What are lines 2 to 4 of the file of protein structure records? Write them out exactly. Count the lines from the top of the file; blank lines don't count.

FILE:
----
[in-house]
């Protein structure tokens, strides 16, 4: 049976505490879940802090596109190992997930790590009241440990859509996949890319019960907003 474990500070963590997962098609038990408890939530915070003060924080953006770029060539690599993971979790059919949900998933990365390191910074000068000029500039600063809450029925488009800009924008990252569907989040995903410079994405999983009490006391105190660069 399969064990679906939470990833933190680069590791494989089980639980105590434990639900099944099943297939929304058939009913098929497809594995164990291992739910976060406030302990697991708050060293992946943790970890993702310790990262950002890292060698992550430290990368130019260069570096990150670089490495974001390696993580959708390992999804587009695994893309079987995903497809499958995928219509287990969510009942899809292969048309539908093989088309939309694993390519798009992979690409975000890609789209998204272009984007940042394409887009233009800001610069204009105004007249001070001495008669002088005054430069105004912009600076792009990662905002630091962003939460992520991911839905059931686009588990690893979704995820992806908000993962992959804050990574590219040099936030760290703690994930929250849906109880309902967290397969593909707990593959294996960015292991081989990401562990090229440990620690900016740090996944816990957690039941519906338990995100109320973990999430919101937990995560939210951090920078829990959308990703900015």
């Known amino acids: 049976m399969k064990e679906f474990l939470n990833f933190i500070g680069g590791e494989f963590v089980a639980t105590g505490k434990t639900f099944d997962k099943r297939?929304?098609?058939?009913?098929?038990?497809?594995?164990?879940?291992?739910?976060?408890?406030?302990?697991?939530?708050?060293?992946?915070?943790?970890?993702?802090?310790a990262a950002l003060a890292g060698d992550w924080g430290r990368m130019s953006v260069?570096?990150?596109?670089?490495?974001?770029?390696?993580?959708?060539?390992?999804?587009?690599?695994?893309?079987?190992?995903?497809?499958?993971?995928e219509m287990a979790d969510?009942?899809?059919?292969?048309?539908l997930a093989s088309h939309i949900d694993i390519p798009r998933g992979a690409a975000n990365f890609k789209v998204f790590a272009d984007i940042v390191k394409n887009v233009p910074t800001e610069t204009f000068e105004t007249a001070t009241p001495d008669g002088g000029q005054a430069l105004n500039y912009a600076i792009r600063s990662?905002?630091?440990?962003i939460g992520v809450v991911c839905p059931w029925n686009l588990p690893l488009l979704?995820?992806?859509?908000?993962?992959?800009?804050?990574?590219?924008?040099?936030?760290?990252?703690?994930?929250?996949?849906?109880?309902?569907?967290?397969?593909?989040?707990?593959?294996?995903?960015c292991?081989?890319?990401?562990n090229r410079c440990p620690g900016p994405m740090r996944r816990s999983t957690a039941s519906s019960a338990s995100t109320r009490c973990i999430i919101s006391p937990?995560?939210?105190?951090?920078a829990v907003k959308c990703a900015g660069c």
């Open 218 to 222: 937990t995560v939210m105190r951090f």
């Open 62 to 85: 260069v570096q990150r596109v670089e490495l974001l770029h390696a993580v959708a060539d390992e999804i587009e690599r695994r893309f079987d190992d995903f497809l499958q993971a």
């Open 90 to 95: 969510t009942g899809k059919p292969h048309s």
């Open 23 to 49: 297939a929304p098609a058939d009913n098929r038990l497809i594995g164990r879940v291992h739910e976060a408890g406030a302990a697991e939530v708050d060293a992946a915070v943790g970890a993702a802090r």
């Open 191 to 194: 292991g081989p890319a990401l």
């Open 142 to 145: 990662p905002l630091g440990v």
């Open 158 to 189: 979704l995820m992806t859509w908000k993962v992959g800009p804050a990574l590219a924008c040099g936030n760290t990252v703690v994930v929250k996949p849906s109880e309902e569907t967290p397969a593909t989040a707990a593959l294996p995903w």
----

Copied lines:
């Protein structure tokens, strides 16, 4: 049976505490879940802090596109190992997930790590009241440990859509996949890319019960907003 474990500070963590997962098609038990408890939530915070003060924080953006770029060539690599993971979790059919949900998933990365390191910074000068000029500039600063809450029925488009800009924008990252569907989040995903410079994405999983009490006391105190660069 399969064990679906939470990833933190680069590791494989089980639980105590434990639900099944099943297939929304058939009913098929497809594995164990291992739910976060406030302990697991708050060293992946943790970890993702310790990262950002890292060698992550430290990368130019260069570096990150670089490495974001390696993580959708390992999804587009695994893309079987995903497809499958995928219509287990969510009942899809292969048309539908093989088309939309694993390519798009992979690409975000890609789209998204272009984007940042394409887009233009800001610069204009105004007249001070001495008669002088005054430069105004912009600076792009990662905002630091962003939460992520991911839905059931686009588990690893979704995820992806908000993962992959804050990574590219040099936030760290703690994930929250849906109880309902967290397969593909707990593959294996960015292991081989990401562990090229440990620690900016740090996944816990957690039941519906338990995100109320973990999430919101937990995560939210951090920078829990959308990703900015």
């Known amino acids: 049976m399969k064990e679906f474990l939470n990833f933190i500070g680069g590791e494989f963590v089980a639980t105590g505490k434990t639900f099944d997962k099943r297939?929304?098609?058939?009913?098929?038990?497809?594995?164990?879940?291992?739910?976060?408890?406030?302990?697991?939530?708050?060293?992946?915070?943790?970890?993702?802090?310790a990262a950002l003060a890292g060698d992550w924080g430290r990368m130019s953006v260069?570096?990150?596109?670089?490495?974001?770029?390696?993580?959708?060539?390992?999804?587009?690599?695994?893309?079987?190992?995903?497809?499958?993971?995928e219509m287990a979790d969510?009942?899809?059919?292969?048309?539908l997930a093989s088309h939309i949900d694993i390519p798009r998933g992979a690409a975000n990365f890609k789209v998204f790590a272009d984007i940042v390191k394409n887009v233009p910074t800001e610069t204009f000068e105004t007249a001070t009241p001495d008669g002088g000029q005054a430069l105004n500039y912009a600076i792009r600063s990662?905002?630091?440990?962003i939460g992520v809450v991911c839905p059931w029925n686009l588990p690893l488009l979704?995820?992806?859509?908000?993962?992959?800009?804050?990574?590219?924008?040099?936030?760290?990252?703690?994930?929250?996949?849906?109880?309902?569907?967290?397969?593909?989040?707990?593959?294996?995903?960015c292991?081989?890319?990401?562990n090229r410079c440990p620690g900016p994405m740090r996944r816990s999983t957690a039941s519906s019960a338990s995100t109320r009490c973990i999430i919101s006391p937990?995560?939210?105190?951090?920078a829990v907003k959308c990703a900015g660069c």
């Open 218 to 222: 937990t995560v939210m105190r951090f």